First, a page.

With 1st February 2014, marking ‘Dignity in Care’ day, I thought it would be a good opportunity to reflect on the subject of dignity.
For some it’s about being listened to, for others it’s about being respected and valued as an individual but for me, it goes much deeper than that.
There’s a key element to this question – what does it mean for you? If you asked 10 different people, you would most likely get 10 different answers because dignity is defined by the person, by an individual and not by society as a whole. Depending on your personal experience, it could be about choice and control; respecting people’s personal space and having privacy in their personal care; or it might be something as simple as just being heard.
The latter I know was true for a member of my family who suffers from a mental health condition and has done for many years. In the earliest days of her illness, there were times of frustration simply because she believed that no one was really listening to her; no one really wanted to hear what she had to say; her voice lost because she’d already been labelled. She was still a person though; she still had the right to be listened to; she had the right to be respected – she had the right to be treated with dignity.
Fortunately and thanks to the brilliant staff at the Newsam Centre (part of Leeds and York NHS Partnership Foundation Trust), her dignity was restored. The staff at Newsam cared enough to let her talk; they truly listened to what she believed her care and support needs were. A simple act of listening meant that her mental health improved significantly. She feels stronger; more in control and has been able to influence the choices made about what she believed would put her back on the path to being the person she once knew, and ultimately the person she wants to be again.
To me, dignity is a basic human right and this quote captures it so simply;
“Without dignity, identity is erased.”
Nobody in social care services wants anyone’s identity to be erased. For this reason, we don’t just ‘think’ about dignity, we make sure we’re ‘doing‘ everything we can to ensure people are treated with respect.
Back in 2007, Leeds adult social care services started a ‘Dignity in Care’ campaign which became a key part of all our services. Leeds was considered a pioneering city for driving the dignity agenda forward, winning awards for best practice. Other organisations and cities in the UK keenly followed our commitment to putting dignity at the forefront of all care.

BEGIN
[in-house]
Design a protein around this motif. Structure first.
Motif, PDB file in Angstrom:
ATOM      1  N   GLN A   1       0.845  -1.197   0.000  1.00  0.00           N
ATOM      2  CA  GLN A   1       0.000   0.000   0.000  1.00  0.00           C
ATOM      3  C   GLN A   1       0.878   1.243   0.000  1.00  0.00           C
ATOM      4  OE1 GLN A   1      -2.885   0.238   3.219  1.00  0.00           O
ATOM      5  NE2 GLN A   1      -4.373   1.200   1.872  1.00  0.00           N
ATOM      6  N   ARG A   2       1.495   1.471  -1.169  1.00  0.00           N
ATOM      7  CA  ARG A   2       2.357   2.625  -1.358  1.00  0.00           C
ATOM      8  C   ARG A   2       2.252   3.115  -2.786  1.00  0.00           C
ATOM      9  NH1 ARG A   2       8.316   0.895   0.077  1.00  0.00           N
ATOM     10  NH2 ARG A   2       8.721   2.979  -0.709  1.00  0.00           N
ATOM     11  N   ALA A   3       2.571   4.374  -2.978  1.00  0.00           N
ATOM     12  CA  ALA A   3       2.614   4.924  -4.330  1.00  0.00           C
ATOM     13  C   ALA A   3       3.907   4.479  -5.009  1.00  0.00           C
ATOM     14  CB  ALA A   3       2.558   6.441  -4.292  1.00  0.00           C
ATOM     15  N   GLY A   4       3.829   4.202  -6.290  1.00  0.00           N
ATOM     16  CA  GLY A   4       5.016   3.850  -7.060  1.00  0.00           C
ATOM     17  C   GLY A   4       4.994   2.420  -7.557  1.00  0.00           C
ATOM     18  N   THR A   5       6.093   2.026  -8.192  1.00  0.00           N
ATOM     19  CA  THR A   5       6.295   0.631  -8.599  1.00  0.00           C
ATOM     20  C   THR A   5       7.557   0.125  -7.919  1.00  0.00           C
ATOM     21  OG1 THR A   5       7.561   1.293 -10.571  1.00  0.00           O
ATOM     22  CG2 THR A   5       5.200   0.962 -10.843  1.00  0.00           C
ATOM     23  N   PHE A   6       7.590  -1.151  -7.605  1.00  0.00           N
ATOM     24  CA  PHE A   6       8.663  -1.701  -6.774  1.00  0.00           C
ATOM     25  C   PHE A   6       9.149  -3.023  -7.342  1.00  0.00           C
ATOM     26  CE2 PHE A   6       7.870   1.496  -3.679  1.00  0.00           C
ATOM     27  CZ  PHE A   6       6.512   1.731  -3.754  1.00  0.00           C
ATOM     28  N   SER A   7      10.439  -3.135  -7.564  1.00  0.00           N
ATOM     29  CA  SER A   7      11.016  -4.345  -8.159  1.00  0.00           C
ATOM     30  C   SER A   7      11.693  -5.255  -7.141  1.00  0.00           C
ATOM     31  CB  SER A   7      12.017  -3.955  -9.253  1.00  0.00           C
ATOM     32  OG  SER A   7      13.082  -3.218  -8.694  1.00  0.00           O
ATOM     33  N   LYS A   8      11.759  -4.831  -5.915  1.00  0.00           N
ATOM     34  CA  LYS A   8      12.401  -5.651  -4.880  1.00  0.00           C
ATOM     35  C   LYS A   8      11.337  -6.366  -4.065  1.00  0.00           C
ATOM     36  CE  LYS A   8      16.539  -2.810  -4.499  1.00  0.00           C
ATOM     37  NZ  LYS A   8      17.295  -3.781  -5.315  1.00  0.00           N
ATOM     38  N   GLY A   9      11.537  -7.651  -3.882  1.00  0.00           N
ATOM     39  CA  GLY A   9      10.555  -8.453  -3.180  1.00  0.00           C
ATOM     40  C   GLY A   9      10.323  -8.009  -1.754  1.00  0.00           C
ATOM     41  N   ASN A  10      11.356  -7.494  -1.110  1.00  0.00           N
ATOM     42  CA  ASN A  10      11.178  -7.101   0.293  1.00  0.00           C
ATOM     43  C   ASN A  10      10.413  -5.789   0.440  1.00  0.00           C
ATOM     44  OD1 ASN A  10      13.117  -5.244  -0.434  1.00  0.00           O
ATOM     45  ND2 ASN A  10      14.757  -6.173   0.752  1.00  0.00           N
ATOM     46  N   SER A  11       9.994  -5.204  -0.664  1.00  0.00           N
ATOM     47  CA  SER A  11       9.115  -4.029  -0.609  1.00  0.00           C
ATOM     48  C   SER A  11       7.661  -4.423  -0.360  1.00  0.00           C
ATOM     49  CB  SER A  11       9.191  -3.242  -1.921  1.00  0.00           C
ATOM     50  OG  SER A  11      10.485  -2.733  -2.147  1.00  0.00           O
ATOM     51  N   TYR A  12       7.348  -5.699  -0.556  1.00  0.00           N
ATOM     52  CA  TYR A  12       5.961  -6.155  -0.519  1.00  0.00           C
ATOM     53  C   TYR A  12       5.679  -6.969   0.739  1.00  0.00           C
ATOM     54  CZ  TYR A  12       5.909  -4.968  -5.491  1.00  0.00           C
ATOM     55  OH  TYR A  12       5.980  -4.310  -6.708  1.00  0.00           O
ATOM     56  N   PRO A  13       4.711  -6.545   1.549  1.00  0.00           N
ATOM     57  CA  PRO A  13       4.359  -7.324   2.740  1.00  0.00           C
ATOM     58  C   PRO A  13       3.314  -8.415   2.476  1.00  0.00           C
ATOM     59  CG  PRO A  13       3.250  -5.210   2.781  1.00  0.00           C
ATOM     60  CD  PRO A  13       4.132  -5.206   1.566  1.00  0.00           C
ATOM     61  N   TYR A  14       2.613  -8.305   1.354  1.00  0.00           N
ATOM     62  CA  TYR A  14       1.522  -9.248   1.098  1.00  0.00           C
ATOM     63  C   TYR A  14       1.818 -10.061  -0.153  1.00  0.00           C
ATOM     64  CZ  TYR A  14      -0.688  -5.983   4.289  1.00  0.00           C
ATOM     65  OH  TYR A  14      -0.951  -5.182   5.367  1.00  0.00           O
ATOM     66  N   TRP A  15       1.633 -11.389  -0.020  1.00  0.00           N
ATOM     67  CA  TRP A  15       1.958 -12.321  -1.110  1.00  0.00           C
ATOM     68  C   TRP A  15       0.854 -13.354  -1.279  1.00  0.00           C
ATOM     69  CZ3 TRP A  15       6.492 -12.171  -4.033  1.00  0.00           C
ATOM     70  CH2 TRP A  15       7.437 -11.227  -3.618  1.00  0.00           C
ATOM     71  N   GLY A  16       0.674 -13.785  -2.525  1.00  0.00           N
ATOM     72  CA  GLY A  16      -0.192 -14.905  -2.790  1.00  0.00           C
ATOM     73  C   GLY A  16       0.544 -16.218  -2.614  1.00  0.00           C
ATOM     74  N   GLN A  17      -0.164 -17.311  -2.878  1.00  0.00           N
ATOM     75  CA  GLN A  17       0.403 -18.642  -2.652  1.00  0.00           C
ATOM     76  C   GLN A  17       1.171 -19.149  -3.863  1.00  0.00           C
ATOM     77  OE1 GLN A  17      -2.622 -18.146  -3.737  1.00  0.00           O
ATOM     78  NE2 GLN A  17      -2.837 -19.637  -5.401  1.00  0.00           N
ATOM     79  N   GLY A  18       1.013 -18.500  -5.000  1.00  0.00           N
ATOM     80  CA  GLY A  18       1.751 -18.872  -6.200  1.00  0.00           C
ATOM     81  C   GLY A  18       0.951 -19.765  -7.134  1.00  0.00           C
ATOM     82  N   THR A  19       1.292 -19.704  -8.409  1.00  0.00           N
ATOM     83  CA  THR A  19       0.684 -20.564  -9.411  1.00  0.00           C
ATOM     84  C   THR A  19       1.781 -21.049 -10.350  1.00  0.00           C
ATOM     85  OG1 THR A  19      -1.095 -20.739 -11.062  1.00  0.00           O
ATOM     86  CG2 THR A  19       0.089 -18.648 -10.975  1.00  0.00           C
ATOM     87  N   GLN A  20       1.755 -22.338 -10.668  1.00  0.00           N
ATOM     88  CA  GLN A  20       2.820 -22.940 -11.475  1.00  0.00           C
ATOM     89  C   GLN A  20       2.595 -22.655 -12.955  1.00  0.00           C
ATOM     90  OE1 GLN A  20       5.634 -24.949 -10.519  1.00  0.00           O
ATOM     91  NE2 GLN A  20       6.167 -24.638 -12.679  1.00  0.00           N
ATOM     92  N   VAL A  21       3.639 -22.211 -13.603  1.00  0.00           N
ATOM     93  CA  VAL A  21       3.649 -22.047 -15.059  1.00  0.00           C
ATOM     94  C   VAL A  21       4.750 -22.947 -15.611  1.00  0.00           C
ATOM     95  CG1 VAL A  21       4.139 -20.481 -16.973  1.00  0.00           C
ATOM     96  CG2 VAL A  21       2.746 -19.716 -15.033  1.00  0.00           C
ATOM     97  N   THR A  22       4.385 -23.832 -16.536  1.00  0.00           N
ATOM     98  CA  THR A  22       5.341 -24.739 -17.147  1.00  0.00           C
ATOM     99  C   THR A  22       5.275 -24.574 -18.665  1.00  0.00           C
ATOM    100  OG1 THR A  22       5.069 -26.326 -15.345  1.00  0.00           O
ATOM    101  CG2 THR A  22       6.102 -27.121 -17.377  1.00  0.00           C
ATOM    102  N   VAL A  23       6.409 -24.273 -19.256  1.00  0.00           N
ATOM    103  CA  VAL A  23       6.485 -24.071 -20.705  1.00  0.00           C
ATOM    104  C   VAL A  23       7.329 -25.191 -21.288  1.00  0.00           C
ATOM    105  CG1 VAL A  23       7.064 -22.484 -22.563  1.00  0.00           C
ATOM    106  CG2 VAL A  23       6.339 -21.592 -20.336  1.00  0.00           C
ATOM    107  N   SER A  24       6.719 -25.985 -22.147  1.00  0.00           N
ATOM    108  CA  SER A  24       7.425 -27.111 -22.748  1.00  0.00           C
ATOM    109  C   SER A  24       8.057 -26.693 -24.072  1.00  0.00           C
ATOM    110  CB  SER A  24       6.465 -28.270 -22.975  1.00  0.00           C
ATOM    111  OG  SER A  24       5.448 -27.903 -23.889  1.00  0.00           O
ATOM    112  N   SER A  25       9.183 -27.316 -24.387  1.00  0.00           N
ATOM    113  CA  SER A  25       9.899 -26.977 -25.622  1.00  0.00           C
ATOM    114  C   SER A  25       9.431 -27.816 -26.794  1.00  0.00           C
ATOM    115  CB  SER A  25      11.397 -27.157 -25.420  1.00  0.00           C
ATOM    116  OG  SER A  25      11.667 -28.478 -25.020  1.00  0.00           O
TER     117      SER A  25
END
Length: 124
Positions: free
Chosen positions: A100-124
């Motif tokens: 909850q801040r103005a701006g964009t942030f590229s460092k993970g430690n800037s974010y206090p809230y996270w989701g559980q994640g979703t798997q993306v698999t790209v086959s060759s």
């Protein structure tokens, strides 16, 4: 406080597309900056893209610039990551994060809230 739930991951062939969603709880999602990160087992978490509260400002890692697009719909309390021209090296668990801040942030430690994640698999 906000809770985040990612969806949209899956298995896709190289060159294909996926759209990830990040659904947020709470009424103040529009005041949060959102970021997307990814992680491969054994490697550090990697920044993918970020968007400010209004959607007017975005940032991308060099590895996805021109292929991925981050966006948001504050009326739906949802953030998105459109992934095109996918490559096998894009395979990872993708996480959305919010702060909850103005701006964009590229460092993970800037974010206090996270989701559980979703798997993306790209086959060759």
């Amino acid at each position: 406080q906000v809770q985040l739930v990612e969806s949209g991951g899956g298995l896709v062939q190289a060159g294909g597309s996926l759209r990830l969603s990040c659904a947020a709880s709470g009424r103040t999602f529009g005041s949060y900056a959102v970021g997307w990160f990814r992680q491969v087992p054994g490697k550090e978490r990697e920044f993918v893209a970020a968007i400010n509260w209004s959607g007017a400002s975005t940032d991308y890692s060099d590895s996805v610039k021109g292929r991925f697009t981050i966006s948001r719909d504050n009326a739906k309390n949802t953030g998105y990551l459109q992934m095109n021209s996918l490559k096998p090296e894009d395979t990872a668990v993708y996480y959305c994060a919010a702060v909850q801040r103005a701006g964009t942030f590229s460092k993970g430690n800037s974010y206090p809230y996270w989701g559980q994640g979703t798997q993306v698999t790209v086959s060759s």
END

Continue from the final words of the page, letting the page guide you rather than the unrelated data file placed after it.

Following the success of the campaign, a ‘Dignity Champions’ network was formed and is still running today. The champions are mainly older adults who care for, and support other older adults by visiting them in their care homes and auditing the services provided. The value of having these champions is that the people they talk to, see them as peers who understand their needs; who can relate to how they might feel and what dignity might mean to them. There are no official clip boards; suits and ties; it’s relaxed; it’s open and most importantly; it promotes honest discussions. This helps to give us better feedback about the services provided; making them better for anyone in the city who needs them.
So on the 1st February, I’ll be thinking about how I can better support the people around me; treat them how I would like to be treated. If you would like to share what dignity means to you, please comment below or email us at firstname.lastname@example.org.
It’s really important for us to understand and find out about individual experiences so we can further improve our health and social care system so it works for you. It’s all part of our journey to ‘Better Lives for People in Leeds’. You can also find out what ‘Better Lives’ really means to people in Leeds by watching our short film here.
“It is not necessarily a day for the ‘grand gesture’ but more about taking the time to do something, however small to remind society that dignity in care is everybody’s business.”